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Environmentby Fern Shen4:35 pmJan 18, 20220

Baltimore to pay $56,000 for illegal release of chlorinated water into the Jones Falls

After a 2018 inquiry by Baltimore Brew, state officials found four times the legal limit of chlorinated water flowing from the Druid Lake reservoir project into the stream

Above: The Druid Lake coffer dam, in a 2018 photo. A “breach” in the dam may have contributed to the high chlorine levels. (Mark Reutter)

The dumping of chlorinated water into the Jones Falls in 2018 – documented by state regulators following inquiries made by The Brew – has led to a rare assessment of fines against Baltimore City.

The Board of Estimates is set tomorrow to pay a $56,250 penalty to avoid a lawsuit filed by the Maryland Department of the Environment (MDE) for clean water permit violations.

The illegal discharges occurred as part of the Department of Public Works (DPW) tank project at Druid Lake reservoir, which now is nearing completion.

An initial spot-check by MDE found that as much as four times the legal limit of chlorinated water was being released into the Jones Falls.

While the levels did not pose a risk to humans, they could damage aquatic life and lead to fish kills.

DPW caught dumping chlorinated water into the Jones Falls (7/20/18)

Tomorrow’s settlement includes, in addition to $27,000 for the Druid Lake release, $24,750 for other self-reported illegal discharges under the permit and $4,500 for a 2017 discharge from a valve at the Lake Ashburton Water Filtration Plant.

According to the BOE, the city had initially sought to have the various claims separated, so DPW and the contractor, Texas-based Oscar Renda, could individually negotiate the penalty amounts with the state.

The city said it considers Oscar Renda fully responsible for the chlorinated water release at Druid Lake and partially responsible for the illegal self-reported releases elsewhere.

But MDE “refused to conduct settlement negotiations with any party other than the city,” which holds the water discharge permit, the documents said.

To avoid the cost of defending against a lawsuit by MDE, which would trigger a $10,000-a-day penalty, DPW is asking the city to pay the settlement – and promising to “seek liquidated damages” from Renda at a later time.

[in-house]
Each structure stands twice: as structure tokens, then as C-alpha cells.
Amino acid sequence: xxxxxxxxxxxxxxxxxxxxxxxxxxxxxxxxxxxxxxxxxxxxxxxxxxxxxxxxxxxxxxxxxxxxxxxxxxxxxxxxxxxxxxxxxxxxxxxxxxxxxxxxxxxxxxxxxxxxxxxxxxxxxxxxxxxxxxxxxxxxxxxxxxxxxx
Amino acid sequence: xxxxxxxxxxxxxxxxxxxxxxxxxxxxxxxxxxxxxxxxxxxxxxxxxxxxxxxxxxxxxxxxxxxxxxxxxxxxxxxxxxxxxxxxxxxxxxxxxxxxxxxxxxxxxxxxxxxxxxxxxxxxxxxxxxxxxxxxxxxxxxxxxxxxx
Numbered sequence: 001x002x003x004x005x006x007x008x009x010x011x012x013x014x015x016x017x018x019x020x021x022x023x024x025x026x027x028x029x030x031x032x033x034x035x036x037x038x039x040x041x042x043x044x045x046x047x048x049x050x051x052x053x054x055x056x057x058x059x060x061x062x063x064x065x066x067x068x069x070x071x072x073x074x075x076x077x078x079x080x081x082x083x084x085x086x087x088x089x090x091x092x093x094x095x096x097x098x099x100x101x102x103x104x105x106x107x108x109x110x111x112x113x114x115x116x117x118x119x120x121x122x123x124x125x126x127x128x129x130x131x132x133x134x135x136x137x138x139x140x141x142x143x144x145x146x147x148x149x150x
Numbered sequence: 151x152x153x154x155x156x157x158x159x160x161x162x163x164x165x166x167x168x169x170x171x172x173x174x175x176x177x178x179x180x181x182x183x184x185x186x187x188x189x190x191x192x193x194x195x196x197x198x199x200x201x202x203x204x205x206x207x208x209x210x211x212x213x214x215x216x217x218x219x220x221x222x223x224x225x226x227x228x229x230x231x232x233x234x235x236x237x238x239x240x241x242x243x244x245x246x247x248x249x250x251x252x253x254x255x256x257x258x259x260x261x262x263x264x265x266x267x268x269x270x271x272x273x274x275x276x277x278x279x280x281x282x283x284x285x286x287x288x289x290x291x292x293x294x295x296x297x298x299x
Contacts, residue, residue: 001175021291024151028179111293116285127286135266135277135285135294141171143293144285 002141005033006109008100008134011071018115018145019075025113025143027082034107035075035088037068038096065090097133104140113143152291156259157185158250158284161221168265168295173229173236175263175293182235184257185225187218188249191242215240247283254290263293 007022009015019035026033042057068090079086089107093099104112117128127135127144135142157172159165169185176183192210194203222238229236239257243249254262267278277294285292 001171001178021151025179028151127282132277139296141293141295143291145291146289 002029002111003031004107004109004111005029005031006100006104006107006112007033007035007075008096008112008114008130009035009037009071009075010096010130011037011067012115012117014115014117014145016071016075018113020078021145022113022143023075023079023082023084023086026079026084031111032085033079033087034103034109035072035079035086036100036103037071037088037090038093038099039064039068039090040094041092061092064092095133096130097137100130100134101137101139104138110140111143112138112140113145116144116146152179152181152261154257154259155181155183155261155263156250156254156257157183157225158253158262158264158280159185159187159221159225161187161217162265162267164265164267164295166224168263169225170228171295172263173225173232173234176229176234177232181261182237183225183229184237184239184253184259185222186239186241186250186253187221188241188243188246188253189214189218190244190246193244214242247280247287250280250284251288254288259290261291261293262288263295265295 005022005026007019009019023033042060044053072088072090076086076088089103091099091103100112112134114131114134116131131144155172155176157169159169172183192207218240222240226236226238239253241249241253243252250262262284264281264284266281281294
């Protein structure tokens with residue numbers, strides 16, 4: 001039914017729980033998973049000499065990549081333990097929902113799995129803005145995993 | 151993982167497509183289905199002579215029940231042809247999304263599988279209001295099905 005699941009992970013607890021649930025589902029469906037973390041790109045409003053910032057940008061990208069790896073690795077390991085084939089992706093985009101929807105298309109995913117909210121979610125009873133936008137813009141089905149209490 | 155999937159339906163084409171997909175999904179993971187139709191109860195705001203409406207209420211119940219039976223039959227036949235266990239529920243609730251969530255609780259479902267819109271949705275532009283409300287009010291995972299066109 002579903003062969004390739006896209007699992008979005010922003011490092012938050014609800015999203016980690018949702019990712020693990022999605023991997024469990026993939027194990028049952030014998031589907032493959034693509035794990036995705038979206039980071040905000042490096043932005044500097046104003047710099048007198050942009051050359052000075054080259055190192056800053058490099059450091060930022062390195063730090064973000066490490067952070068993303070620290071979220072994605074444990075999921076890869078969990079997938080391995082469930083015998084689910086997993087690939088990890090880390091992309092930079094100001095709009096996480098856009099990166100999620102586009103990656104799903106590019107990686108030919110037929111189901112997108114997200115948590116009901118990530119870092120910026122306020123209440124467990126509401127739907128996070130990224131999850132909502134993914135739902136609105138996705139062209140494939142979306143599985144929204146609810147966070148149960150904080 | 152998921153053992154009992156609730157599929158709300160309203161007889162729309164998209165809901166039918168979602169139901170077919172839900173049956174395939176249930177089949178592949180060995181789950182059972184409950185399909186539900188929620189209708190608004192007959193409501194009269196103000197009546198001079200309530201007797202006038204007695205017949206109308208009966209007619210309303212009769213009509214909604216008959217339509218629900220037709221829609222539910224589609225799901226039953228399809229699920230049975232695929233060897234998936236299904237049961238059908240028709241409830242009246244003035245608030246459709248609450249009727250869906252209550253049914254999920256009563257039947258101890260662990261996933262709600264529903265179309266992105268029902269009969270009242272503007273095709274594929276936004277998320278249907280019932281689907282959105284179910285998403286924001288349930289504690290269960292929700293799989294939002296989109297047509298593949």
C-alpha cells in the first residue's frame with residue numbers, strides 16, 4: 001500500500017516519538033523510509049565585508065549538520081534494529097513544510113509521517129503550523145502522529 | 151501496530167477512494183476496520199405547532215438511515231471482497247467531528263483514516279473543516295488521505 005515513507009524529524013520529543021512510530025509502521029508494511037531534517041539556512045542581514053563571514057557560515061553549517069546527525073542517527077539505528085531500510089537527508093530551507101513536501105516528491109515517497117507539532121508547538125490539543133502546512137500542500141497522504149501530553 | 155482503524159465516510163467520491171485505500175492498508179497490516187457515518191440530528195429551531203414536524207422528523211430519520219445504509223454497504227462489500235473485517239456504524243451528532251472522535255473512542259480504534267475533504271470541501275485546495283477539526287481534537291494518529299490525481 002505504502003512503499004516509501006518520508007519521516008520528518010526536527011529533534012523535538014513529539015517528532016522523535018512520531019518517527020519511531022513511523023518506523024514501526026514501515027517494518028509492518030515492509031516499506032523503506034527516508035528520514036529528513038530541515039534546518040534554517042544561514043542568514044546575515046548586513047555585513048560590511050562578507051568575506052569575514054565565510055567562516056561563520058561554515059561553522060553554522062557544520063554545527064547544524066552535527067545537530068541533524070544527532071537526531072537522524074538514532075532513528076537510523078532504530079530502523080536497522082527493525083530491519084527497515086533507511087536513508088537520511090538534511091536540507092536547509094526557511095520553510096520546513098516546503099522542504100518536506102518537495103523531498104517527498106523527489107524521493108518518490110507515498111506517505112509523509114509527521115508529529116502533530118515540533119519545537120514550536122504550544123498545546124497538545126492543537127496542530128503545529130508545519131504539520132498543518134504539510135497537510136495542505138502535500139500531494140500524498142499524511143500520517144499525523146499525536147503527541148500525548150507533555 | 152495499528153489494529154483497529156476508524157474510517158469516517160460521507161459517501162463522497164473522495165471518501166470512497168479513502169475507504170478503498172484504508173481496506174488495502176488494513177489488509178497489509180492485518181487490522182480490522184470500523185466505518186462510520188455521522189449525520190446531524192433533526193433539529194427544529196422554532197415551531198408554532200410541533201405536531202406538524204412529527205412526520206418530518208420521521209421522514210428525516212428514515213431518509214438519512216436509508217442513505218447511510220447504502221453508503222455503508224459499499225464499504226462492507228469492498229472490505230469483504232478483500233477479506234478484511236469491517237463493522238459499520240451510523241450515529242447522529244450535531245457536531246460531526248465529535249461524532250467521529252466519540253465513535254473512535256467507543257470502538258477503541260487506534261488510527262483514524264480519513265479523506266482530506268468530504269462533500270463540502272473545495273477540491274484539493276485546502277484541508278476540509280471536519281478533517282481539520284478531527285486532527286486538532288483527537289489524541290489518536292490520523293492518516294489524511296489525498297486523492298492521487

UPDATE – Oscar Renda’s local attorney, Robert Fulton Dashiell, said he had objected to the city’s handling of the matter and had been engaged in discussions with the city to determine responsibility.

“But those discussions ended when the attorney then representing the city left city government several months ago,” Dashiell said, in an email to The Brew.

“Despite our request, the city’s new counsel declined to continue those discussions,” Dashiell said. “Many of the alleged violations of the city’s MDE permit occurred before my client even commenced operations.”

Addressing the Board of Estimates today (1/19/22), deputy city solicitor Darnell E. Ingram said “these allegations stem from a contract dispute between the city and one of its vendors” and that the settlement was being recommended “in the best interests of the city.

The Board approved the settlement by a unanimous 5-0 vote.

Troubled Project

The chlorinated water release was one of several problems that cropped up as part of DPW’s nearly $300 million project to install underground water tanks at the city’s reservoirs at Druid Hill Park and Ashburton in order to comply with federal regulations.

The original plan at Druid Hill Park was to bury two concrete water storage tanks west of the lake on park property. But critics objected to the location because it would shrink the park and disrupt the historic landscape. A location partially beneath the reservoir itself was then chosen for the tanks.

A “cofferdam” was built to hold back the water to allow construction to take place while the reservoir was still in use.

Persistent high turbidity levels discovered early in the process raised the possibility that viruses, parasites and bacteria could enter into the public drinking water suppl. This led to drinking water being diverted from the reservoir.

Residents in Ashburton, meanwhile, were up in arms about the clear-cutting of hundreds of trees at Hanlon Park, where two more underground water tanks were to be installed.

At a City Council hearing in 2018, DPW insisted that the problem of chlorinated water releases at Druid Lake were under control.

“It’s being sent into a storm drain after it has been de-chlorinated and meets all of the standards of MDE to discharge,” DPW’s Marcia Collins told the Judiciary and Legislative Investigations Committee.

But just a week later, MDE was ordering DPW to take the reservoir again offline because of the high levels of chlorine detected in the discharges.

Chlorinated Water Releases

In 2019, the environmental harm caused by heavily chlorinated drinking water became apparent when a broken city pipe flowed unchecked into a tributary of the Gwynns Falls.

George Farrant, of the Friends of Gwynns Falls/Leakin Park, said he tried for days to get DPW to shut the water off, but by the time the agency did so it was too late.

Dead fish could be seen everywhere, floating in the water and washed up on the stream bank.

MDE later found chlorine levels of 0.78 mg/L – eight times the legal limit. The agency said about 2,000 fish, including numerous American eel, were killed.

Over 75 endangered American eel were killed in 2019 after a ruptured city pipe dumped chlorinated water into a creek in Leakin Park. (Mark Reutter)

American eel were killed in 2019 after a ruptured city pipe dumped chlorinated water into Dead Run, a tributary of the Gwynns Falls, at Leakin Park. (Mark Reutter)

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